So, billboards were out and hospitals were in right? Well not necessarily. In fact, for a while this fundraiser we were doing was supposed to be another billboard. This time we felt that the motivation in the movement was declining, and that a billboard would bolster the morale of everyone. Again, we felt that Lucasfilm was not worth bothering again, we had said what we wanted to say, they had listened and given a response. While not the response we wanted, we did not see any that a way a different message would get a different result. Let alone the result we wanted. This time we wanted our target to be Star Wars fans, and the message was recruitment. This was actually something we had talked about many times previously and briefly looked into other ways to accomplish the same goal. Those included magazine, youtube, even T.V. adds and yes we actually looked at all these options quite seriously at one point or another. Billboard v3 was just the latest way to do that.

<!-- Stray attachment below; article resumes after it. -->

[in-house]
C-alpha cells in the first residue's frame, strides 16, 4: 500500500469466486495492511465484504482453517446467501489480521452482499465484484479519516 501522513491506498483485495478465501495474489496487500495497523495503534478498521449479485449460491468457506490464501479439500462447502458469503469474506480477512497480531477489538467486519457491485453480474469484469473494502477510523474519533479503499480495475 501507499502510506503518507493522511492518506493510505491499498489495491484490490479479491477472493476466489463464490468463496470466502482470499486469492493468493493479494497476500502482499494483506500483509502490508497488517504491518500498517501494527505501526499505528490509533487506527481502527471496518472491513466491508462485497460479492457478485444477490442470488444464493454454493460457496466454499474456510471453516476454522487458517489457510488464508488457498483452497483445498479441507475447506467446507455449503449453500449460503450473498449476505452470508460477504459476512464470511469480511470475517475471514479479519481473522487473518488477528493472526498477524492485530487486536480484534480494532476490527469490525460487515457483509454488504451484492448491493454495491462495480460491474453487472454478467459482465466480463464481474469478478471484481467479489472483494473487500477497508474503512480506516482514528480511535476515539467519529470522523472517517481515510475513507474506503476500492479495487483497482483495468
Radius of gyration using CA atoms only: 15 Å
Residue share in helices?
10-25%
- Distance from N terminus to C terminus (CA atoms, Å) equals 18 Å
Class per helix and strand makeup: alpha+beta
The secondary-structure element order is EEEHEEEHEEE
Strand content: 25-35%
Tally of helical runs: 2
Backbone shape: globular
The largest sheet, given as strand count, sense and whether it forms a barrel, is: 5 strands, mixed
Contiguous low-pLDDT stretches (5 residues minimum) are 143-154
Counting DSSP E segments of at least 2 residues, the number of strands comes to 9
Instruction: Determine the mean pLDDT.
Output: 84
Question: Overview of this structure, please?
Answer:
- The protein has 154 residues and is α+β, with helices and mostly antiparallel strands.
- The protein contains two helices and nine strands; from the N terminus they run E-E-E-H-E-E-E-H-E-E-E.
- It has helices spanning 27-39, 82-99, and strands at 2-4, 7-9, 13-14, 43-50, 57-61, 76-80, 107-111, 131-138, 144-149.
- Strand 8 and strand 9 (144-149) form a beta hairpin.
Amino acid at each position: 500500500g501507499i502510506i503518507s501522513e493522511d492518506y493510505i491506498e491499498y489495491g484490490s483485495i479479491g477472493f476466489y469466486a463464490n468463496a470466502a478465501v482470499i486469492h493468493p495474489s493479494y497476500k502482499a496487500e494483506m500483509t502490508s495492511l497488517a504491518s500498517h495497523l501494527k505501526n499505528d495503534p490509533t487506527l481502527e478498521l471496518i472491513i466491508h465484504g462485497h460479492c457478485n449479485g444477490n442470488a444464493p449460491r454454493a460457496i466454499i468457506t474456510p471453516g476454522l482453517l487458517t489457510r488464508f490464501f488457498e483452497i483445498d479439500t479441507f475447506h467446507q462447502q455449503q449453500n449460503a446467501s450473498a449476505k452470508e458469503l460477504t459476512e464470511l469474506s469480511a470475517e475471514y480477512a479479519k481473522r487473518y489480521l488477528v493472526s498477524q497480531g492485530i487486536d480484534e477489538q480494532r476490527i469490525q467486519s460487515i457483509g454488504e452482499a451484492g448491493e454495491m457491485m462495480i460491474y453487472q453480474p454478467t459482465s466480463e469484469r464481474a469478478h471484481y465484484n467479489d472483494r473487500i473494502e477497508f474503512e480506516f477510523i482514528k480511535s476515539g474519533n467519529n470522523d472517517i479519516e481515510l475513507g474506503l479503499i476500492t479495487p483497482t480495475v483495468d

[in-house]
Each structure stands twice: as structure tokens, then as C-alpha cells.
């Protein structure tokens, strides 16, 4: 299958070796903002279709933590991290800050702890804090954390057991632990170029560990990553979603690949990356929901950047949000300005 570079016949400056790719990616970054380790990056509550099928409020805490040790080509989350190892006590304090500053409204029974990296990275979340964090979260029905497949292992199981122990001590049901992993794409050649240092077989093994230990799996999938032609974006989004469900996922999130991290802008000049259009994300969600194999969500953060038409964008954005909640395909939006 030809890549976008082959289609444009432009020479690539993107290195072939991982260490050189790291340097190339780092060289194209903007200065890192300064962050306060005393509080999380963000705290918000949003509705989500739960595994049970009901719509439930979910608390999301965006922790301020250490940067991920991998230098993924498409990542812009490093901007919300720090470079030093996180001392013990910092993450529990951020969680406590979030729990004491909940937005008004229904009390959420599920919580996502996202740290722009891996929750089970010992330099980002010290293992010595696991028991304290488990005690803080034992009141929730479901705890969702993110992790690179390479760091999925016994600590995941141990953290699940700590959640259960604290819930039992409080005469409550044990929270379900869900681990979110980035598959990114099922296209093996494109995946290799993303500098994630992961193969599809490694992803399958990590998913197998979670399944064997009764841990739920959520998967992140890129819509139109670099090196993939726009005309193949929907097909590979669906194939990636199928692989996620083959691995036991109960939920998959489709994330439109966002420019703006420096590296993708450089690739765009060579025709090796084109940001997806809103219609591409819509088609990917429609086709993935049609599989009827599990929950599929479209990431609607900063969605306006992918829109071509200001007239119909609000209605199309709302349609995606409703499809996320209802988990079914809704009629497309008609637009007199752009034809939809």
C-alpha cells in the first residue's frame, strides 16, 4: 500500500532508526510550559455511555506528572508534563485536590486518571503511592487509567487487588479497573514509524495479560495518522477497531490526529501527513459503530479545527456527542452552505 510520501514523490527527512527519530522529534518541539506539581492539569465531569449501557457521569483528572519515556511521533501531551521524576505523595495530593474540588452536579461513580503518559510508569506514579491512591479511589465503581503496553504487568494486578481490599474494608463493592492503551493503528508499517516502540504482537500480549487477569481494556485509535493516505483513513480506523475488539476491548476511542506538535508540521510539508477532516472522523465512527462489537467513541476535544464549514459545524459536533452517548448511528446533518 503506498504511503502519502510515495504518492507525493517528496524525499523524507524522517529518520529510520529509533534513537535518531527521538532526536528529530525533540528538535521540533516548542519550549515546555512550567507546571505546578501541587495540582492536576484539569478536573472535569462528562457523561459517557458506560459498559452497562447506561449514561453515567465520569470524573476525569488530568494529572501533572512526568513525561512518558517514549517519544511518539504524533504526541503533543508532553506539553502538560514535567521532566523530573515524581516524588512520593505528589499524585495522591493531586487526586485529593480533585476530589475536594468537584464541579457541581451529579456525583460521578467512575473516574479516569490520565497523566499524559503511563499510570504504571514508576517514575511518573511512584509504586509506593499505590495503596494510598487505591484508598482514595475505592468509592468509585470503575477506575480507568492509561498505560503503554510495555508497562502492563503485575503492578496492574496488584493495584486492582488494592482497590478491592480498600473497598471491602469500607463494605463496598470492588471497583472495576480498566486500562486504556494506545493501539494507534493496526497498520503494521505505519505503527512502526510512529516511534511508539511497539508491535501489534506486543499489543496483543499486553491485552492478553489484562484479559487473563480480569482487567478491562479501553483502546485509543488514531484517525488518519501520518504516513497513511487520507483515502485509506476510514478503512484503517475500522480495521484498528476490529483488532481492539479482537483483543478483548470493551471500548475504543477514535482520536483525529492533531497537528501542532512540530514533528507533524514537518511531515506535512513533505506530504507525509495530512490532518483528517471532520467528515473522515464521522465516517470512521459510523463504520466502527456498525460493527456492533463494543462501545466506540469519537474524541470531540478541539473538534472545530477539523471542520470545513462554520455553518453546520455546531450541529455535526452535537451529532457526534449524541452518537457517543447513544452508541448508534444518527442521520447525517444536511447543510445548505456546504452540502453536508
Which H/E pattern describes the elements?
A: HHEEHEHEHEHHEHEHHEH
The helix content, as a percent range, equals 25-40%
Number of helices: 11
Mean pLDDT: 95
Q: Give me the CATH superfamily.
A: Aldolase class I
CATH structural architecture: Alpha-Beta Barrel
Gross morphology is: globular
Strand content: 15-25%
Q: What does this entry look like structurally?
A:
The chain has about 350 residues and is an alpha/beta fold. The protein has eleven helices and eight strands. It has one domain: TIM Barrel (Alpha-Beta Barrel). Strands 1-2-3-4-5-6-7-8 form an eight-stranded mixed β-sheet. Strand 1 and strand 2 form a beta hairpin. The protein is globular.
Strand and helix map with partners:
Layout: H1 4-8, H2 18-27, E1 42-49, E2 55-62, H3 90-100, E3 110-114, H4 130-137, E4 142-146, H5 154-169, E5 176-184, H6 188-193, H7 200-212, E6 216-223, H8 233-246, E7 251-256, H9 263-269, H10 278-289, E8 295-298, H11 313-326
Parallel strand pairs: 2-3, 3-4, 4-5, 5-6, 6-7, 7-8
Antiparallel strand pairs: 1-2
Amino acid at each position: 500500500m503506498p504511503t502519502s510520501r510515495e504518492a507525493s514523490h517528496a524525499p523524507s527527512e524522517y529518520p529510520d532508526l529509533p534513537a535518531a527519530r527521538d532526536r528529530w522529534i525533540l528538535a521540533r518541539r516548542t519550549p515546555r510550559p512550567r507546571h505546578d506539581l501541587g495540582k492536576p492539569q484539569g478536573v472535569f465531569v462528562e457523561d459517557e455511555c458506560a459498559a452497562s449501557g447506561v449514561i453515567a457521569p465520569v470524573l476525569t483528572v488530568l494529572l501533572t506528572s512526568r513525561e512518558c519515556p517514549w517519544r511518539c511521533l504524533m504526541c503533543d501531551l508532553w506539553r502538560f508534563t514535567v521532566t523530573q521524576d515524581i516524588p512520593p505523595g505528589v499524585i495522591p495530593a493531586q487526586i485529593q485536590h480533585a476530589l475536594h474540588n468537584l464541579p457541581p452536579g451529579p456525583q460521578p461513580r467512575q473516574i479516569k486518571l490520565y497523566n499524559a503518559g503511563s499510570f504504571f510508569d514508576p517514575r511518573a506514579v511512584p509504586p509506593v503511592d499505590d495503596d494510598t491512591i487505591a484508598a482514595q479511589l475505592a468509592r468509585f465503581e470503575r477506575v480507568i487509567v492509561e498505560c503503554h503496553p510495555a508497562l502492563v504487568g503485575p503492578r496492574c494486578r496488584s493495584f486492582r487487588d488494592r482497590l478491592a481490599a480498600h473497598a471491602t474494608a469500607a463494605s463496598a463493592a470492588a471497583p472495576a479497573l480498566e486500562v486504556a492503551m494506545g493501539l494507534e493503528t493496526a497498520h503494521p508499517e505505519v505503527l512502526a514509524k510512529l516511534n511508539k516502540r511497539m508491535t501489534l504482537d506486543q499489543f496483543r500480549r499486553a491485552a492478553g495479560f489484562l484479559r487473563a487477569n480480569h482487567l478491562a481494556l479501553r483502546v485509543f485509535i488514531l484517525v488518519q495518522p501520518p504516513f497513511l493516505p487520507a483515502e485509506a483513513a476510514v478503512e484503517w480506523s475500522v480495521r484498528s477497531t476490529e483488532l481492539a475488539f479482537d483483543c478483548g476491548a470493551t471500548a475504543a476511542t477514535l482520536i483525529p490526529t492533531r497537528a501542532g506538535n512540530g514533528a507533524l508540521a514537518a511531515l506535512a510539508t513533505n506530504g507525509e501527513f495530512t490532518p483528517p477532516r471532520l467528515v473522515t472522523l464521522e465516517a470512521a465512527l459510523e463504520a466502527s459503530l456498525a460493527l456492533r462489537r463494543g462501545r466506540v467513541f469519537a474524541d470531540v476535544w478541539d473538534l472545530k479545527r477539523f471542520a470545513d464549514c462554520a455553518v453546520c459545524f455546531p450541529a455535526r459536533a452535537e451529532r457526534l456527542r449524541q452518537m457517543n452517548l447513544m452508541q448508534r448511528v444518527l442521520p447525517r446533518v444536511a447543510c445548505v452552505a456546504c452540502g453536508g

However, once again, the target became the issue. We wanted it to coincide with the finishing of Star Wars Land in Disney World, to really get the attention of other Star Wars fans and to tell any of them that were unhappy with the current situation that they were not alone. Again though, we got in contact with the billboard companies and found plenty of locations, but none in good areas. We looked at the location of the airport or other places where people going to Disney World would originate from and the path they would most likely take to get there and found no good locations. They were either too out of the way or facing in a suboptimal direction. We tried to think of another area that would make sense to put a billboard, but none came to us.